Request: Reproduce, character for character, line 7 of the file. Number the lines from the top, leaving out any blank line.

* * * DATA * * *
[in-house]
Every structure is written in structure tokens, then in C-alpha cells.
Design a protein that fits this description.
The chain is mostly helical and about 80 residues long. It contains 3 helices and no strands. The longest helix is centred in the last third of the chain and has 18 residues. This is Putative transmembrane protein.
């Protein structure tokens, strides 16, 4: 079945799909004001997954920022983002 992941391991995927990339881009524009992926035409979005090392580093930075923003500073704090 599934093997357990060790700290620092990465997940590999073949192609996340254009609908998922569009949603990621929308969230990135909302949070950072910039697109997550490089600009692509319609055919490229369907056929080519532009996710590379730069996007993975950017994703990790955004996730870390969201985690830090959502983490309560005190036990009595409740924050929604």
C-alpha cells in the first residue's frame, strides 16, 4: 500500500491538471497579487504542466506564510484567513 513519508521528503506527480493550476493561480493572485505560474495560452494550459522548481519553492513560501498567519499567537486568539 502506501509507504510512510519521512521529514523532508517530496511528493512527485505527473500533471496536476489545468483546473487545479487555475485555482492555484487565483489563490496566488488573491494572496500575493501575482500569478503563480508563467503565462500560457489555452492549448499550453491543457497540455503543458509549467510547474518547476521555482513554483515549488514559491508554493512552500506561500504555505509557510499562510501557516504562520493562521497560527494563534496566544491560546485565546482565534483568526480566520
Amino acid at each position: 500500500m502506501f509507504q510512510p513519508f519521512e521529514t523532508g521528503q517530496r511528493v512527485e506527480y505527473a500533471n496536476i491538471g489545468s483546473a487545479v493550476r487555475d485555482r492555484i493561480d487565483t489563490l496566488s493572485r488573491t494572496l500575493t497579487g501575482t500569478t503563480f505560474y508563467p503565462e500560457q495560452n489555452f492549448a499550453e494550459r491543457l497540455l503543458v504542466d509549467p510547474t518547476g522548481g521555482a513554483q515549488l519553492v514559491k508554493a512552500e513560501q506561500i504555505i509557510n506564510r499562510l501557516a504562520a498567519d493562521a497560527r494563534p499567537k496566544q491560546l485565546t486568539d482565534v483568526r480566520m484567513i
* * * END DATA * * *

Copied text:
Amino acid at each position: 500500500m502506501f509507504q510512510p513519508f519521512e521529514t523532508g521528503q517530496r511528493v512527485e506527480y505527473a500533471n496536476i491538471g489545468s483546473a487545479v493550476r487555475d485555482r492555484i493561480d487565483t489563490l496566488s493572485r488573491t494572496l500575493t497579487g501575482t500569478t503563480f505560474y508563467p503565462e500560457q495560452n489555452f492549448a499550453e494550459r491543457l497540455l503543458v504542466d509549467p510547474t518547476g522548481g521555482a513554483q515549488l519553492v514559491k508554493a512552500e513560501q506561500i504555505i509557510n506564510r499562510l501557516a504562520a498567519d493562521a497560527r494563534p499567537k496566544q491560546l485565546t486568539d482565534v483568526r480566520m484567513i